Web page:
"Although for many children, Autism Spectrum Disorder (ASD) is a lifelong disability, a subset of children with ASD lose their diagnosis and show typical cognitive and adaptive abilities."
Unfortunately, that sentence taken from the report by Emily Moulton and colleagues  including one Deborah Fein on the authorship list, is not likely to be taken well by some people. Indeed, the whole concept of 'optimal outcome' with autism in mind (see here) has sometimes been met with outright hostility despite this being peer-reviewed science that, on occasion, has been independently verified (see here and see here). I can't say for sure why optimal outcome (OO) has not been received in the manner it should have been but I'd guess that dogma might have something to do with it (yet again). That some commentators have also made throw away comments to the effect that 'they were never autistic in the first place' I think, does a real disservice to an important group of people who were, very definitely, at some time on the autism spectrum. Heterogeneity people, heterogeneity.
No mind. The findings reported by Moulton et al add to a considerable bank of data suggesting that those with OO might be an important research focus for autism. This time around some 200 children "with an ASD at age two who were reevaluated at age four" are discussed and how most (~80%) retained their ASD label between the two testing occasions. But, and it is an important point: "9 % showed "optimal progress": clear ASD at age two but not at age four, and average cognition, language, communication and social skills at age four." The Masters thesis of Moulton can be read here containing more details.
Although requiring much more study, the idea that nearly one in ten children on the autism spectrum might 'lose' their diagnosis sounds quite important to me. Further: "Early child-level factors predicted optimal progress: diagnosis of PDD-NOS [Pervasive Developmental Disorder - Not Otherwise Specified], fewer repetitive behaviors, less severe symptomatology and stronger adaptive skills." A roadmap for where early screening and importantly, intervention might want to focus perhaps? Bear in mind that there may be other factors too .
There remains still quite a bit to do in this area before textbooks are re-written and the like. Personally, I'd also like to see a little bit more information about medical history included in future write-up and whether variables such as onset of symptoms might play some role in OO. Y'know, when something like infection has/had been 'correlated' with symptoms onset (see here for example) or autism in the presence of ear infections (see here) to name a few potentially important variables. I'm also yet to see whether genomic analysis has been suitably applied to the OO group too, taking into consideration the importance of gene expression as well as the focus on structural genetics. I'd also be interested to see what happens as and when DSM-5 criteria are more consistently used with this group, particularly in terms of the social communication disorder (SCD) label (see here) and how many might 'move' rather than 'lose' a diagnosis.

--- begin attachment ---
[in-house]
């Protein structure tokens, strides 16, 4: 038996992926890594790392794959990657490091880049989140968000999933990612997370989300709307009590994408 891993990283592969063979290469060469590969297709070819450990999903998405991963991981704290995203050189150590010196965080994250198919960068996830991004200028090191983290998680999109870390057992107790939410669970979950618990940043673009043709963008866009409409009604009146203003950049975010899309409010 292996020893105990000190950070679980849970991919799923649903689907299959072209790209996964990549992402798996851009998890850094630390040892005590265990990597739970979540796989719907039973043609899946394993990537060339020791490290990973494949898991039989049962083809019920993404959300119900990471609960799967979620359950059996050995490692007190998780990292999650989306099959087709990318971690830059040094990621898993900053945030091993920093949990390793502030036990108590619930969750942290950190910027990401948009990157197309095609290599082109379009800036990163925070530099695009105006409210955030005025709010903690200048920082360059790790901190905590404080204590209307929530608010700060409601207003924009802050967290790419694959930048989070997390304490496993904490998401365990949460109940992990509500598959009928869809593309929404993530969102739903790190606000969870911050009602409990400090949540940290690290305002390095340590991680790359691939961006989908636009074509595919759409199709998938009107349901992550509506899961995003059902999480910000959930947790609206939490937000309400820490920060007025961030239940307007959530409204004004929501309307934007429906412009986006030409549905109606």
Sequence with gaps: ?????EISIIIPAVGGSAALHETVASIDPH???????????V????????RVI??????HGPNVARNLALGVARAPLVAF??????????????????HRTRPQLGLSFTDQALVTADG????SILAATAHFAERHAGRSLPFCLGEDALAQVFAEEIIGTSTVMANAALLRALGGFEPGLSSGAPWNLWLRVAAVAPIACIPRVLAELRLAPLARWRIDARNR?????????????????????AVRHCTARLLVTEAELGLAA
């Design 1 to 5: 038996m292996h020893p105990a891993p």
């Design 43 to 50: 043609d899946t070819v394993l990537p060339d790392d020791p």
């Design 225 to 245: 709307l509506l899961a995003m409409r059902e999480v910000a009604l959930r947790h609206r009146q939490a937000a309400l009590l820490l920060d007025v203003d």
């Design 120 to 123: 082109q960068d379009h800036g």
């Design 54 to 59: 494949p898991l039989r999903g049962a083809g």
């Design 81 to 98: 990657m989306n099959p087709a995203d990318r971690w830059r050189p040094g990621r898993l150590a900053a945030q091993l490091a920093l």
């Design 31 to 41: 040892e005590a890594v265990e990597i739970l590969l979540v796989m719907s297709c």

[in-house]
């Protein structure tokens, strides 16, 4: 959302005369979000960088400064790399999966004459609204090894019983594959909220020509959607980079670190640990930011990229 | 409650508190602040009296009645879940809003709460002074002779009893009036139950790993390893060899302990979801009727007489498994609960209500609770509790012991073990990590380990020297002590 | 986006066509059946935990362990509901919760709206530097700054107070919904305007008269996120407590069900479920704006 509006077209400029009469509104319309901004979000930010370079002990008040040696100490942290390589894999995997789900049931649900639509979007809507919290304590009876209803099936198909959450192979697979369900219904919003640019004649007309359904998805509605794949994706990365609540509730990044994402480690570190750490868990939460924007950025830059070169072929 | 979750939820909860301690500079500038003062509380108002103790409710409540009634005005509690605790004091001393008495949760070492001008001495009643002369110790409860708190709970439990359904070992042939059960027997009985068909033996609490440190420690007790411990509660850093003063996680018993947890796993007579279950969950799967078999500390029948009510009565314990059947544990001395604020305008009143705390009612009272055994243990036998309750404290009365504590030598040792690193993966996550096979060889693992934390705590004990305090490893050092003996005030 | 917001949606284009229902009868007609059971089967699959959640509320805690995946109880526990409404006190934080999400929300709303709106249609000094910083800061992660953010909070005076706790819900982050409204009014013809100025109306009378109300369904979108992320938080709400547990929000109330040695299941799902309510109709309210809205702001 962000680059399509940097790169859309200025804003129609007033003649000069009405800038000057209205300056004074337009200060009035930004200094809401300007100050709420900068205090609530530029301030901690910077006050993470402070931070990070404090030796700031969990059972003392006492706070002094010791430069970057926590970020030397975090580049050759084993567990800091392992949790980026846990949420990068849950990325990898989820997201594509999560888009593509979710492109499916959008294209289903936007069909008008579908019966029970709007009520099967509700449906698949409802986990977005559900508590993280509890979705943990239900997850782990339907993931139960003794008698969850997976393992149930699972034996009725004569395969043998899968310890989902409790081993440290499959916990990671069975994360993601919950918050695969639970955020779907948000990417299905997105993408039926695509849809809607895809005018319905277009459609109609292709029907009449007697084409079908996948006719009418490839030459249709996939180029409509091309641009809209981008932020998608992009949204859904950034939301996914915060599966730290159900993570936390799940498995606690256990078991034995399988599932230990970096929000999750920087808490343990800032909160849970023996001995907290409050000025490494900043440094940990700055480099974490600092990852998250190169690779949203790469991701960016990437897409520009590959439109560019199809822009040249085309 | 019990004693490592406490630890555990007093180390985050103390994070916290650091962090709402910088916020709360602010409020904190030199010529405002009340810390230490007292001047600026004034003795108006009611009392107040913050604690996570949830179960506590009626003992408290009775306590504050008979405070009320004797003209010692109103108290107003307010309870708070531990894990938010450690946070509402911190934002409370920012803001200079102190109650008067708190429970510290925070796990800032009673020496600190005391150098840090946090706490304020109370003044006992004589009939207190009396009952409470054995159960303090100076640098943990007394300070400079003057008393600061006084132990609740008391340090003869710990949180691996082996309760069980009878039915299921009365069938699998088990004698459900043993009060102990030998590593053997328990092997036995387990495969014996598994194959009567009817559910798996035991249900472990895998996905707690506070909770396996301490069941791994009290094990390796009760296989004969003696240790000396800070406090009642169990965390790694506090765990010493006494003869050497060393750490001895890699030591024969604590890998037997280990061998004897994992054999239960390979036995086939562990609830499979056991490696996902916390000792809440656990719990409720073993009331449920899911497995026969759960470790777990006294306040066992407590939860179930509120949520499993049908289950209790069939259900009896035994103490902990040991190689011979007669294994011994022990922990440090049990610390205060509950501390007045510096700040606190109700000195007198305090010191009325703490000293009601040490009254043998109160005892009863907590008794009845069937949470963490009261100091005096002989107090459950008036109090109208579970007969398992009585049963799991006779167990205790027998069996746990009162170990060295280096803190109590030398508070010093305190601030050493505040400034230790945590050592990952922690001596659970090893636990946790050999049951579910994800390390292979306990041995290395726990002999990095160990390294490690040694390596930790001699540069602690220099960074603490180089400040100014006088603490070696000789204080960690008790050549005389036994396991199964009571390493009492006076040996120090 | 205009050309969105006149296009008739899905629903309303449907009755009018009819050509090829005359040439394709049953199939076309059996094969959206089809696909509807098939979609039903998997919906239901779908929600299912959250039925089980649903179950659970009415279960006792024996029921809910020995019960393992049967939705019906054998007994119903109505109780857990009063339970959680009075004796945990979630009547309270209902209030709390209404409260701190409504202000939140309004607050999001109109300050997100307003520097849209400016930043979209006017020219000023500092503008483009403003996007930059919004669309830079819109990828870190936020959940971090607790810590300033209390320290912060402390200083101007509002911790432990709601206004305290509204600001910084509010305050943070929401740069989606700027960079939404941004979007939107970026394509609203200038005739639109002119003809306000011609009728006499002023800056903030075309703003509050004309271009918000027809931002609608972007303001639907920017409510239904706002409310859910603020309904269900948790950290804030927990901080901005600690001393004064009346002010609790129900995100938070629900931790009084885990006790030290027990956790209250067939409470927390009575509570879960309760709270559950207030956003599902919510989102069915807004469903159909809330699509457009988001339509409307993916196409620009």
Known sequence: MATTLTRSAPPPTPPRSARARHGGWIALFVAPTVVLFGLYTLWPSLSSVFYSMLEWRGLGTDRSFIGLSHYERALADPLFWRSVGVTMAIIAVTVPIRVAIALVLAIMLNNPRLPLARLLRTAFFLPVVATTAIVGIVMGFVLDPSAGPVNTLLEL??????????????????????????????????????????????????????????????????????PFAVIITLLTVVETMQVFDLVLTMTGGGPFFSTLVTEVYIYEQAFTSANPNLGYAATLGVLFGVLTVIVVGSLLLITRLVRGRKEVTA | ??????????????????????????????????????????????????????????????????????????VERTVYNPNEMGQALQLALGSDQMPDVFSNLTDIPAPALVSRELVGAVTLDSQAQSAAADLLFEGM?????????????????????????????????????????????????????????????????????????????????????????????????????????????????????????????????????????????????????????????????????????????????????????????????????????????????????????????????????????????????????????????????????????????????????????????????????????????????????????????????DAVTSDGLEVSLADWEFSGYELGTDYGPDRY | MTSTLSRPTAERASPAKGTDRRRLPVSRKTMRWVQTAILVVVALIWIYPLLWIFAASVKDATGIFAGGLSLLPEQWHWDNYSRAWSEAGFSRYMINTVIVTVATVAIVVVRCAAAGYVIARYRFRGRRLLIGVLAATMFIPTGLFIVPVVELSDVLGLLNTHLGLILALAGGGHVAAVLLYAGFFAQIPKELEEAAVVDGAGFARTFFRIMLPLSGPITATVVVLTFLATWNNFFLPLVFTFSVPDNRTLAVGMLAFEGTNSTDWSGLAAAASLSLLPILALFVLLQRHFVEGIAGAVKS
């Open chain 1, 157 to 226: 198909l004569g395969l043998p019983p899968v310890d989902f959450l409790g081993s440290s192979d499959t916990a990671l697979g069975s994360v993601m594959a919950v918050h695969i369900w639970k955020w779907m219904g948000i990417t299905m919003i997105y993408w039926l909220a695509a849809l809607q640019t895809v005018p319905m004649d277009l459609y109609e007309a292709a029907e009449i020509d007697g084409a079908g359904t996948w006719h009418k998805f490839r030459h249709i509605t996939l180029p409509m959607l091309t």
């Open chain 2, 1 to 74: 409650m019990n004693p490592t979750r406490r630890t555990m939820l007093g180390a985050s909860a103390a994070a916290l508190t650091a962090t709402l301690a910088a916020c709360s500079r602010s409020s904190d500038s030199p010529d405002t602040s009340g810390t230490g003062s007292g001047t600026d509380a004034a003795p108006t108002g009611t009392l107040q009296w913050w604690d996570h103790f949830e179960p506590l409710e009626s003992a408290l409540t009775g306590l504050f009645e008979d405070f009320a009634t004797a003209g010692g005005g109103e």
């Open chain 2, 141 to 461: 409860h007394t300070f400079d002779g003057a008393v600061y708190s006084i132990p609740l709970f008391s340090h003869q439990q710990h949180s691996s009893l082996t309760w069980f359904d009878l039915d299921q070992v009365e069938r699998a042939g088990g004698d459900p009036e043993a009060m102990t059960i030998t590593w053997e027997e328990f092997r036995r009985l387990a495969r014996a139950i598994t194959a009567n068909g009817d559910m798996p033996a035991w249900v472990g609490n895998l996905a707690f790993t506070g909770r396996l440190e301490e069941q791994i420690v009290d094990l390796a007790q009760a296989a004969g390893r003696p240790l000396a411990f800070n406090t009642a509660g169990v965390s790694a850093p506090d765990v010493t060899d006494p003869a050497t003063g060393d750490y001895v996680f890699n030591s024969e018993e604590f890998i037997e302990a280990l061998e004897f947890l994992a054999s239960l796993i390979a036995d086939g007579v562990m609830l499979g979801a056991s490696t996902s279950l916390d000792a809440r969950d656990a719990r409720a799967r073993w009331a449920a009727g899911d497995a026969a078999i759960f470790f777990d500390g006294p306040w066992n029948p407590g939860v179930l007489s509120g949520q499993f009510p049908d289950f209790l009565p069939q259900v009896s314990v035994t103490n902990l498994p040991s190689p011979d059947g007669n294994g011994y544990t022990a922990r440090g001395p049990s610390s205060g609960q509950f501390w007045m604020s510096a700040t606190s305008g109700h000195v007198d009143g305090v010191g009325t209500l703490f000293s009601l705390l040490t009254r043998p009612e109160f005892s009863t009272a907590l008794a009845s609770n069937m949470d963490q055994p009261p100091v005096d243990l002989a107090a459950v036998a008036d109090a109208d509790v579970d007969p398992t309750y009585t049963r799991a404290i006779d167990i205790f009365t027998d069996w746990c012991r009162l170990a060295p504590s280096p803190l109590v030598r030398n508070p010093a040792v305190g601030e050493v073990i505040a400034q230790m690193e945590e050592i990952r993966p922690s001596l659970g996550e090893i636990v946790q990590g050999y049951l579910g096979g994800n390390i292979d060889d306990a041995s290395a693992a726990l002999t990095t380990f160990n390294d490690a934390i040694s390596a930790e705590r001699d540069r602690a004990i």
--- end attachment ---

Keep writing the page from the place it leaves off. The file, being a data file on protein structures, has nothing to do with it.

I do also have to caution that OO does not mean that early developmental issues manifesting as autism or autistic traits might not still exert an influence on a person. The paper by Inge-Marie Eigsti and colleagues  confirms as much, bearing in mind that brain imaging is still in its infancy with autism in mind and the wide heterogeneity (and comorbidity) present in the spectrum that complicates matters.
Lots more to see and do methinks, including further analysis on just how important the figure '9%' might be to optimal outcome and autism  (or at least when it comes to the question of diagnostic stability). All that, set within the context of paying a little more respect to the experiences of an important group who were at one time, part and parcel of the very wide autism spectrum.
And while I have you, I'd like to draw your attention to a new report from the folks over at Treating Autism in conjunction with Queen Mary University of London suggesting that 'could do better' is the mark awarded for access to good quality health support for those on the autism spectrum here in Blighty.
 Moulton E. et al. Early Characteristics of Children with ASD Who Demonstrate Optimal Progress Between Age Two and Four. J Autism Dev Disord. 2016 Feb 19.
 Artigas-Pallares J. & Paula-Perez I. Autisms that 'cure themselves'. Rev Neurol. 2016 Feb 21;62(s01):S41-S47.
 Eigsti IM. et al. Language comprehension and brain function in individuals with an optimal outcome from autism. Neuroimage Clin. 2015 Dec 2;10:182-91.
 Wu YT. et al. Retention of autism spectrum disorder diagnosis: The role of co-occurring conditions in males and females. Research in Autism Spectrum Disorders. 2016; 25: 76-86.
Moulton E, Barton M, Robins DL, Abrams DN, & Fein D (2016). Early Characteristics of Children with ASD Who Demonstrate Optimal Progress Between Age Two and Four. Journal of autism and developmental disorders PMID: 26895327